Roger Penske would consider bringing suspended driver back

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FONTANA, Calif. — Roger Penske would consider re-hiring AJ Allmendinger, the suspended NASCAR driver who was at the IndyCar season finale as his guest.

Allmendinger failed a NASCAR drug test in July and was released by Penske Racing when his backup “B’’ sample also tested positive. He’s currently participating in NASCAR’s “Road to Recovery” program, and Penske said Saturday he felt the driver has been too reclusive during the process.

“I told AJ I wanted him to come to a race; I think he had been kind of undercover for quite a bit of the time, and I thought it would be good for him to get out and see people here, talk to some of the team owners,” Penske said before the IndyCar finale at Auto Club Speedway.

Allmendinger was in his first season with Penske Racing, the biggest ride of his career, when he failed a drug test taken June 29. He was suspended hours before the July race at Daytona and released by Penske on Aug. 1.

His suspension came at a time when Penske was evaluating picking up the option on Allmendinger for 2013. Sam Hornish Jr. has filled in for Allmendinger since, and Joey Logano was hired to drive the car next season.

But, Penske said once Allmendinger’s suspension is resolved with NASCAR, he’s a viable option for owners in both NASCAR and IndyCar. Allmendinger spent three seasons in Champ Car, and won five races in 2006 before moving to NASCAR.

“I think hopefully we’ll get some answer from NASCAR as quickly as possible because the Chase has started now, hopefully they’ll give him a clean bill of health and he can move on,” Penske said.

“This is a speed bump in his career, but he’s certainly an option for people on the NASCAR side and the Indy side. He did a great job when you think about what he did in Champ Car.”

Asked if he’d hire Allmendinger again, Penske said: “He could be an option for us, for sure.”

Pressed later on if he was being honest, Penske insisted “Yes. He’s someone we would consider.”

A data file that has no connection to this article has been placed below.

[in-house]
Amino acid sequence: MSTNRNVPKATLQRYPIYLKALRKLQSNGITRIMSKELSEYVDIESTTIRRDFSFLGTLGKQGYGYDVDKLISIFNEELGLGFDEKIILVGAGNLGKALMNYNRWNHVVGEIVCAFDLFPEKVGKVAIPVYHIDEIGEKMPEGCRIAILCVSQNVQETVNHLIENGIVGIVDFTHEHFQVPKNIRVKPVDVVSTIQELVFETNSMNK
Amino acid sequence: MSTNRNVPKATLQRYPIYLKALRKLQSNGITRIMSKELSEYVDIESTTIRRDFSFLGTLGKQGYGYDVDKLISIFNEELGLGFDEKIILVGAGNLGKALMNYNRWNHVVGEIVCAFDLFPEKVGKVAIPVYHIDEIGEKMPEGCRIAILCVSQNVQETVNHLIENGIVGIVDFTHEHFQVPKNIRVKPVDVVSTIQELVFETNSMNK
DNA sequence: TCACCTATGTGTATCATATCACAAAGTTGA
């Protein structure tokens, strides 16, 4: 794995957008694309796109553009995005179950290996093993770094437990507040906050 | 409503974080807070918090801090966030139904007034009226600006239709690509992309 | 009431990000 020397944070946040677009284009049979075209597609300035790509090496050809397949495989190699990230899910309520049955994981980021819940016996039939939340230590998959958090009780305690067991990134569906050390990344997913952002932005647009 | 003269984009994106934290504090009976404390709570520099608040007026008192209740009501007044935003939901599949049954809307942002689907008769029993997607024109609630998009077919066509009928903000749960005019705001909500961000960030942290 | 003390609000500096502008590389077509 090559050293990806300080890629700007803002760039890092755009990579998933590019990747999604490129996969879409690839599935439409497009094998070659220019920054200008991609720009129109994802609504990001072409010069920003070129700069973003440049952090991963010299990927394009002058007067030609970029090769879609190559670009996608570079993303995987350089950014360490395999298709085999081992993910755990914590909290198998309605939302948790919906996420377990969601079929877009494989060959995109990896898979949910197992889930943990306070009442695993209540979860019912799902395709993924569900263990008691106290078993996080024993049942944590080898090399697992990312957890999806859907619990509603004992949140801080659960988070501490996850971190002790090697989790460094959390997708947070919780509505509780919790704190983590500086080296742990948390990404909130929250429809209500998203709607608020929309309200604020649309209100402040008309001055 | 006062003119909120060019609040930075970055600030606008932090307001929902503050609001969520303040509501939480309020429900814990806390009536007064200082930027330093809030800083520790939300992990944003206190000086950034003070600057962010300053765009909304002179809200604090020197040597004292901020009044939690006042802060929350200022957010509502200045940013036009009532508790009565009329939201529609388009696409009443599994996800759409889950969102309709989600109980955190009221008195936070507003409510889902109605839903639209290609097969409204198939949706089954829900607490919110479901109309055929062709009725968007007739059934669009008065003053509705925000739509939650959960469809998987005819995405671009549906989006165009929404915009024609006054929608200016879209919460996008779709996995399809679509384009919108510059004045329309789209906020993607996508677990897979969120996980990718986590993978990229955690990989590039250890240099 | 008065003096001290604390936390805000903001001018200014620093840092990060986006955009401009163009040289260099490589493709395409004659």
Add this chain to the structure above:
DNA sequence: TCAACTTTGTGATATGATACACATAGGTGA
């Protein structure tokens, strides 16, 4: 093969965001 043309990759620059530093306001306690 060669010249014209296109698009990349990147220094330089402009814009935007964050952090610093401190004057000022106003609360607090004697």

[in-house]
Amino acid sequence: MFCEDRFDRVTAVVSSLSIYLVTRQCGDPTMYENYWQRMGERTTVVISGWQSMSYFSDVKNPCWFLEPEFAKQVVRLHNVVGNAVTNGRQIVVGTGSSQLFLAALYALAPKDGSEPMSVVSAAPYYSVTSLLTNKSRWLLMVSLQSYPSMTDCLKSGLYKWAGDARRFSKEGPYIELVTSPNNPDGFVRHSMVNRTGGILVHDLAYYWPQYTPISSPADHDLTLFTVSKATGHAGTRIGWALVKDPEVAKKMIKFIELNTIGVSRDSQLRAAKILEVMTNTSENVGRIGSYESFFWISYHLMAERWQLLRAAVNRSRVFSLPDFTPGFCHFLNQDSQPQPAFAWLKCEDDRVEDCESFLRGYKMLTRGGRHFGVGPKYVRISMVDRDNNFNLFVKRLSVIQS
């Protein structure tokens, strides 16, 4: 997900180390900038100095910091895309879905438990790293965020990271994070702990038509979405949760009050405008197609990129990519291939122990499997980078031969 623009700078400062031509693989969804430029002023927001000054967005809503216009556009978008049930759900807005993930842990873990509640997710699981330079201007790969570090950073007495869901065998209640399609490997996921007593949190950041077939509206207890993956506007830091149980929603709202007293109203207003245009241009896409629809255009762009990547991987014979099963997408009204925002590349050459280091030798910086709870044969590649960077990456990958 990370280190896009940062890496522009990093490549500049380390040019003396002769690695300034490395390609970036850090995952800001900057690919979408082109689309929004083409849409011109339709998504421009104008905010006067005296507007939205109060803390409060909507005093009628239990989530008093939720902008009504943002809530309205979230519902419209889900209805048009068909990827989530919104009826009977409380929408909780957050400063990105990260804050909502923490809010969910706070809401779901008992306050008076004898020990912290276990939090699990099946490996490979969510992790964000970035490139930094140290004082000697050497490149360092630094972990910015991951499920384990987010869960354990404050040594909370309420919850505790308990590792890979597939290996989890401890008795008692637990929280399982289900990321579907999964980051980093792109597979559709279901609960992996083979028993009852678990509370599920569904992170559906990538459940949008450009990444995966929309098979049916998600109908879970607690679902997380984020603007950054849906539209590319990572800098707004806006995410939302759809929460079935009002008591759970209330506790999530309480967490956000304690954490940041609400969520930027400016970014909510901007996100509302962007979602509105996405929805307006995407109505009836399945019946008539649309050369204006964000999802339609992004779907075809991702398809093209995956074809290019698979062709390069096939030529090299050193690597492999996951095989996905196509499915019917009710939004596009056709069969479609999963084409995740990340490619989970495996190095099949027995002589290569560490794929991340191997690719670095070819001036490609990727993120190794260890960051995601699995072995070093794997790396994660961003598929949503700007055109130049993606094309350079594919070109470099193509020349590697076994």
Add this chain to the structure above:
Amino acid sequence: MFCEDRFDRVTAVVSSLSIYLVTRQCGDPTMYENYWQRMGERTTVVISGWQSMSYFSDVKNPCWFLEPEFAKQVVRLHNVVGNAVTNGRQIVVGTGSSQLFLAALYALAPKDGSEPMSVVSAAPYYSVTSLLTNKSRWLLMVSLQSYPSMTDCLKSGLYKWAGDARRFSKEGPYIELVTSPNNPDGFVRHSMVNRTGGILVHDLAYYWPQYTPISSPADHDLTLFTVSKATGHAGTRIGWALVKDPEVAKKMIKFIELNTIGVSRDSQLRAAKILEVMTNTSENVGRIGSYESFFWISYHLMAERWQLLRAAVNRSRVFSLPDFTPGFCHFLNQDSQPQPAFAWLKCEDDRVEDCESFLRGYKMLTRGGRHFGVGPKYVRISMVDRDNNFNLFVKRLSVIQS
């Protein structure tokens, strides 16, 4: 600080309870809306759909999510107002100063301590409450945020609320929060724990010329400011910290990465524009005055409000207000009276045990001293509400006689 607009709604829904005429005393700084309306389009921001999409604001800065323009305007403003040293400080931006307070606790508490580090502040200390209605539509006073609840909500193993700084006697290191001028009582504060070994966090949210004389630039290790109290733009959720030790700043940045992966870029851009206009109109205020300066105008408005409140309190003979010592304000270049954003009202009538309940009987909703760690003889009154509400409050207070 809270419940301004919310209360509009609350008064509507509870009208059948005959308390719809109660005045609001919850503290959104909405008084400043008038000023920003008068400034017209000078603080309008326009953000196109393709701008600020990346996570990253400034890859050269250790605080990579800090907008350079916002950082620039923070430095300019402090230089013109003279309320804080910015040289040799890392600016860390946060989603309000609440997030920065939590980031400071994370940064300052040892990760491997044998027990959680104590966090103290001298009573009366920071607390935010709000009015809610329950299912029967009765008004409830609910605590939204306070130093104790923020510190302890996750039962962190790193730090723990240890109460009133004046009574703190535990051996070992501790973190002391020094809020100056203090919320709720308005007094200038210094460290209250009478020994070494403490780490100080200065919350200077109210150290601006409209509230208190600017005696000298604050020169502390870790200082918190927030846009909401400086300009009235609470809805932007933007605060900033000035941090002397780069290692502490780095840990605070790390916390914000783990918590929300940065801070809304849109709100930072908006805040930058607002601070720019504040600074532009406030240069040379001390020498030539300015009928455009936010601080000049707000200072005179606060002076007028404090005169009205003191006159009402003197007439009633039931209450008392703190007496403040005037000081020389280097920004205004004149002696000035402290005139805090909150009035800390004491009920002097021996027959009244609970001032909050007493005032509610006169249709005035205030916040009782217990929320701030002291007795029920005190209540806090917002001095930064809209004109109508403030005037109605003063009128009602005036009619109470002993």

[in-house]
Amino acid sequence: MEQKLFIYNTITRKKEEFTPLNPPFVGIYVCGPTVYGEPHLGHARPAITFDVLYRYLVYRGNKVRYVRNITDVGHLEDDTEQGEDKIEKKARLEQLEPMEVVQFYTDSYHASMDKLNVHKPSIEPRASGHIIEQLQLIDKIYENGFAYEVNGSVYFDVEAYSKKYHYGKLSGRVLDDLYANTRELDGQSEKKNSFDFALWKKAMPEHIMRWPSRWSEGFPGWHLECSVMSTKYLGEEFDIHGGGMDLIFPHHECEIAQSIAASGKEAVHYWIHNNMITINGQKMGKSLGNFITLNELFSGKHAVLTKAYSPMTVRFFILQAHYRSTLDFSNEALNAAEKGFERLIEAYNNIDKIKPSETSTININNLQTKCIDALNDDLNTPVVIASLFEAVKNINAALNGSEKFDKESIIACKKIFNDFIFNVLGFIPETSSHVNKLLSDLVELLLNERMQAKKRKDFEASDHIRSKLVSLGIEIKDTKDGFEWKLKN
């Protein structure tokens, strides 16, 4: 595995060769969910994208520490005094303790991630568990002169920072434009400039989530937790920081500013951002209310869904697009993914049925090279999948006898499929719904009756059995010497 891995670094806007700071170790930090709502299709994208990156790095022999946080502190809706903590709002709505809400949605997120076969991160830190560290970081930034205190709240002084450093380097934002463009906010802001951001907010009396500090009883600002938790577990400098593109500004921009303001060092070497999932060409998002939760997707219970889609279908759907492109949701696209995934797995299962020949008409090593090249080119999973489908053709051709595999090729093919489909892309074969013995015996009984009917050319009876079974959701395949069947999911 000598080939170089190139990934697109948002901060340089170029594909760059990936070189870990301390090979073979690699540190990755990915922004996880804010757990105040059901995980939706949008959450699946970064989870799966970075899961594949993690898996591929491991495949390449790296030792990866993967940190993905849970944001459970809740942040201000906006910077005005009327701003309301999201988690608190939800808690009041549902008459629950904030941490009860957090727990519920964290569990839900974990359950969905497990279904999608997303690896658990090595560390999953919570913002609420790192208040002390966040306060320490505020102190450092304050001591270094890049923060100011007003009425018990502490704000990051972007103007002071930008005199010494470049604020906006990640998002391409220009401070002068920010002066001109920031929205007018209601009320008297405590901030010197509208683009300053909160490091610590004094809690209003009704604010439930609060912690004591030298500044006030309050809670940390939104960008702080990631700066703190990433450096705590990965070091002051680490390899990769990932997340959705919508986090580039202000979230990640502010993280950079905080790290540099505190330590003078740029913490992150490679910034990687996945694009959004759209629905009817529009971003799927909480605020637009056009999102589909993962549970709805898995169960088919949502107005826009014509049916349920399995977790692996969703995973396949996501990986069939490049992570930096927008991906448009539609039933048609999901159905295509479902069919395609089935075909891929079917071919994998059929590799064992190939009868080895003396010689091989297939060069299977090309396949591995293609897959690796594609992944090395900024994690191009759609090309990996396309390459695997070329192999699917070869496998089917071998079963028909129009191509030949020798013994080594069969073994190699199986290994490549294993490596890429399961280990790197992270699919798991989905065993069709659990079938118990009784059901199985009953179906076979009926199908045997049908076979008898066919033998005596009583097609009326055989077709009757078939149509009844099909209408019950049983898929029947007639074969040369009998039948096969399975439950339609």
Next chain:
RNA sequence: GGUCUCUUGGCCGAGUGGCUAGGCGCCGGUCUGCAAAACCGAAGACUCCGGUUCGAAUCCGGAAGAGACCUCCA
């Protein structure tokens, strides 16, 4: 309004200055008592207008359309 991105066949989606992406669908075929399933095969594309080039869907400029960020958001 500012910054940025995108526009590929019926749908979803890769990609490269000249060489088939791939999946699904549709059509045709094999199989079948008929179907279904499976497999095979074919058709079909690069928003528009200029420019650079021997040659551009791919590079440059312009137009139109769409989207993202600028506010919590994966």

Penske doesn’t have an open seat in NASCAR, and it’s not clear what will happen with his third IndyCar team. He’s already picked up the 2013 options on Will Power and Helio Castroneves, but has told Ryan Briscoe he’s free to look around while the team tries to secure sponsorship for that seat.

BACK IN CHI-TOWN: Danica Patrick is back in the Chicago area and looking forward to another Sprint Cup race at Chicagoland Speedway, which is essentially her home track.

“It’s good to be close to home. There’s quite a few people coming out to the track. I have family members coming from Canada,” she said Friday. “So, there’s going to be a few people here. I just love Chicago. I love being in the city. “

This will be Patrick’s sixth Cup start this year in the No. 10 Chevrolet. She hasn’t finished higher than 29th.

She’s in 11th place in the Nationwide Series standings.

Patrick has raced nine times at Chicagoland – six times on the IndyCar Series. She finished 10th in a Nationwide race at the track in June 2011 and took 14th on that circuit at Chicagoland in July.

“I know it’s going to be different in the Cup car for sure. Everything is more difficult in the Cup car,” she said.

“I think the weather will help. Six or so weeks ago, whenever we were here it was very hot. I think the cool weather will hopefully help with the grip and make things a little bit easier, a little less slippery and greasy. When I say that I guess I’m thinking of somewhere like Atlanta where it just gets really slippery and you’re kind of fighting for grip.”

Patrick says although she has people in from out of the country for the race, that won’t be too much of a distraction.

“My mom’s side of the family is like right across the border from Minnesota. They saddled up and headed on down a few days ago,” she said. “I think when you have people that are coming to the track, they are coming to support you of course but they are coming to see you too. You want to make time for them for making the effort. .. In my situation, which is trying to create realistic expectations, low expectations for the people coming to the track, basically you are not going to see me until after race. Something like that, so they don’t get their hope up and think they are going to spend an hour hanging out with me knocking back beers before the race. That’s just not how it goes.”


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